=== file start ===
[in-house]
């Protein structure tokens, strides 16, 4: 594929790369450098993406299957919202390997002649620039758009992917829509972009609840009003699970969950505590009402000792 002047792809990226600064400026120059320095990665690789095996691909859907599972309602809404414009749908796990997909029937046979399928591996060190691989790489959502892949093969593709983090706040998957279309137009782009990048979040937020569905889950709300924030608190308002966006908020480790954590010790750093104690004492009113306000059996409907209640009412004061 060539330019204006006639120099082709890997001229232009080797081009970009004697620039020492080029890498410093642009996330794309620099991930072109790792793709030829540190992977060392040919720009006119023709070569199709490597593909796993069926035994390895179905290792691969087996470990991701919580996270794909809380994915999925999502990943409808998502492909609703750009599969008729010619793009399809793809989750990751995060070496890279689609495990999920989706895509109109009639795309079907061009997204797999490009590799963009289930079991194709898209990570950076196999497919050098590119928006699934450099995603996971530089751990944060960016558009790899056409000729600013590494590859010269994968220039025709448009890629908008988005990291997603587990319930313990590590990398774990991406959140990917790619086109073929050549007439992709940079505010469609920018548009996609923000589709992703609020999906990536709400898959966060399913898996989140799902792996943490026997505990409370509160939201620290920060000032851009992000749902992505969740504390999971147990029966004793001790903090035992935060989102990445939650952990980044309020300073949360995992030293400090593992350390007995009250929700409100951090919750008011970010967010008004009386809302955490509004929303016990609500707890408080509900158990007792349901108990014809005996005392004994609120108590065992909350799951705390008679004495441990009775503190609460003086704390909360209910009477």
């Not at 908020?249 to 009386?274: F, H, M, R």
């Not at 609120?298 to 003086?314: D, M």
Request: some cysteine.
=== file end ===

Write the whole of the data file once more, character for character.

[in-house]
């Protein structure tokens, strides 16, 4: 594929790369450098993406299957919202390997002649620039758009992917829509972009609840009003699970969950505590009402000792 002047792809990226600064400026120059320095990665690789095996691909859907599972309602809404414009749908796990997909029937046979399928591996060190691989790489959502892949093969593709983090706040998957279309137009782009990048979040937020569905889950709300924030608190308002966006908020480790954590010790750093104690004492009113306000059996409907209640009412004061 060539330019204006006639120099082709890997001229232009080797081009970009004697620039020492080029890498410093642009996330794309620099991930072109790792793709030829540190992977060392040919720009006119023709070569199709490597593909796993069926035994390895179905290792691969087996470990991701919580996270794909809380994915999925999502990943409808998502492909609703750009599969008729010619793009399809793809989750990751995060070496890279689609495990999920989706895509109109009639795309079907061009997204797999490009590799963009289930079991194709898209990570950076196999497919050098590119928006699934450099995603996971530089751990944060960016558009790899056409000729600013590494590859010269994968220039025709448009890629908008988005990291997603587990319930313990590590990398774990991406959140990917790619086109073929050549007439992709940079505010469609920018548009996609923000589709992703609020999906990536709400898959966060399913898996989140799902792996943490026997505990409370509160939201620290920060000032851009992000749902992505969740504390999971147990029966004793001790903090035992935060989102990445939650952990980044309020300073949360995992030293400090593992350390007995009250929700409100951090919750008011970010967010008004009386809302955490509004929303016990609500707890408080509900158990007792349901108990014809005996005392004994609120108590065992909350799951705390008679004495441990009775503190609460003086704390909360209910009477």
């Not at 908020?249 to 009386?274: F, H, M, R």
């Not at 609120?298 to 003086?314: D, M």
Request: some cysteine.